Saint Clair Fairhall Reserve Riesling 2000
The Saint Clair name originates from the vineyard property, first settled by the Sinclair family. Pioneer James Sinclair built one of the first homes in Blenheim and was closely associated with the early development of the town. Over time the name of the property reverted to the original Saint Clair.
Saint Clair Estate Wines is owned by Neal and Judy Ibbotson, pioneers of viticulture in Marlborough since 1978. Grapes were originally supplied to local wine companies; however, a desire to extend the quality achieved in the vineyard through to the finished wine led to the establishment of Saint Clair Estate Wines.
Saint Clair Estate Wine's success is founded on the 27 years of extensive pioneering viticulture, ongoing as a critical part of the highest quality winemaking practices. Neal and Judy's passion for their Marlborough vineyards and award-winning range of wines is continuing to build their growing reputation in New Zealand and in the 35 markets around the world to which they export.
The company's mission is to create world-class wines that exceed their customers' every expectation. To achieve this, Neal Ibbotson's viticultural expertise and Marlborough's unique climate and soils are combined with the proven experience of one of New Zealand's leading winemaking teams.
A relatively young but extremely promising wine producing country, New Zealand is widely recognized for its distinctive wines made from the aromatic, Sauvignon blanc.
The world’s most southerly vineyards are found here, with significant climatic variation both between and within the warmer North Island and the cooler South Island. Overall, the climate is maritime, with plenty of rainfall, as well as abundant sunshine. Producers have almost unilaterally embraced cutting-edge winery technology, resulting in clean, high-quality wines at every price point from wallet-friendly to premium.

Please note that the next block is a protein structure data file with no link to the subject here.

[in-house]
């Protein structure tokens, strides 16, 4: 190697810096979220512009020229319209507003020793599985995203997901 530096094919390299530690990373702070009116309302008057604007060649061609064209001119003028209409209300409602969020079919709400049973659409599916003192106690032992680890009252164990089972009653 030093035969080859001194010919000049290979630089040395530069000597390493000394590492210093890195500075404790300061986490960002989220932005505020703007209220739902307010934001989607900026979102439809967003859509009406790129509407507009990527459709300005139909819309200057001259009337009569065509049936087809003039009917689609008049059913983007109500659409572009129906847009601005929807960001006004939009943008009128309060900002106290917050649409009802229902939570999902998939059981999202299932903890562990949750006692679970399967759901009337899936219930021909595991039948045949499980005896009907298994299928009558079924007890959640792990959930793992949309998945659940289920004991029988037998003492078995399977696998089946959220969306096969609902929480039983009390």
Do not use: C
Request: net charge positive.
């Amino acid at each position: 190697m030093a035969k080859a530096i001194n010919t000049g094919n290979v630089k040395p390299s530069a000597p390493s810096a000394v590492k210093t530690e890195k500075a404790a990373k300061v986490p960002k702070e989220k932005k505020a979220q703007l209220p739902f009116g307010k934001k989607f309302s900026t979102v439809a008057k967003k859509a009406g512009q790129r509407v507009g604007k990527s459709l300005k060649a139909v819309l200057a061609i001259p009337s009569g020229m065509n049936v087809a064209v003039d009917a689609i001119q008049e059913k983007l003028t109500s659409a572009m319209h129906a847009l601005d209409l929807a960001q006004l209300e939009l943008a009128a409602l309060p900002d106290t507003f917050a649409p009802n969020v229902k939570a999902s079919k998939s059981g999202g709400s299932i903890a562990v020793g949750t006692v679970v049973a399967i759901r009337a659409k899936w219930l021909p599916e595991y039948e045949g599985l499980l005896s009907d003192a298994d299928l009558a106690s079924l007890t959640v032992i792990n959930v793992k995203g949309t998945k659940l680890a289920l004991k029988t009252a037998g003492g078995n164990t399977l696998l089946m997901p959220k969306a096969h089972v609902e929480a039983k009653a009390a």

Sauvignon blanc, known here for its trademark herbaceous character, is at its best in Marlborough but thrives throughout the nation, accounting for an overwhelming majority of the country’s exports. While this is indeed the country’s most planted and successful variety, it is certainly not the only New Zealand grape capable of delighting wine lovers.
Chardonnay is the second-most important white variety and takes on a supple texture with citrus and tropical fruit aromas in Gisborne and Hawke’s Bay, respectively. Pinot noir, second behind Sauvignon blanc in national production numbers, is at its best in Central Otago—the most southerly winegrowing region in the world! These wines are known for bright and juicy red fruit. Taking cues from the wines of Alsace, aromatic varieties like Pinot Gris, Riesling and Gewürztraminer shine in Martinborough, while red Bordeaux varieties like Cabernet Sauvignon and Merlot have found success in Hawke’s Bay. Throughout New Zealand but especially in Marlborough, Pinot noir and Chardonnay are used to produce traditional method sparkling wines.
Riesling possesses a remarkable ability to reflect the character of wherever it is grown while still maintaining its identity. A regal variety of incredible purity and precision, this versatile grape can be just as enjoyable dry or sweet, young or old, still or sparkling and can age longer than nearly any other white variety. Somm Secret—Given how difficult it is to discern the level of sweetness in a Riesling from the label, here are some clues to find the dry ones. First, look for the world “trocken.” (“Halbtrocken” or “feinherb” mean off-dry.) Also a higher abv usually indicates a drier Riesling.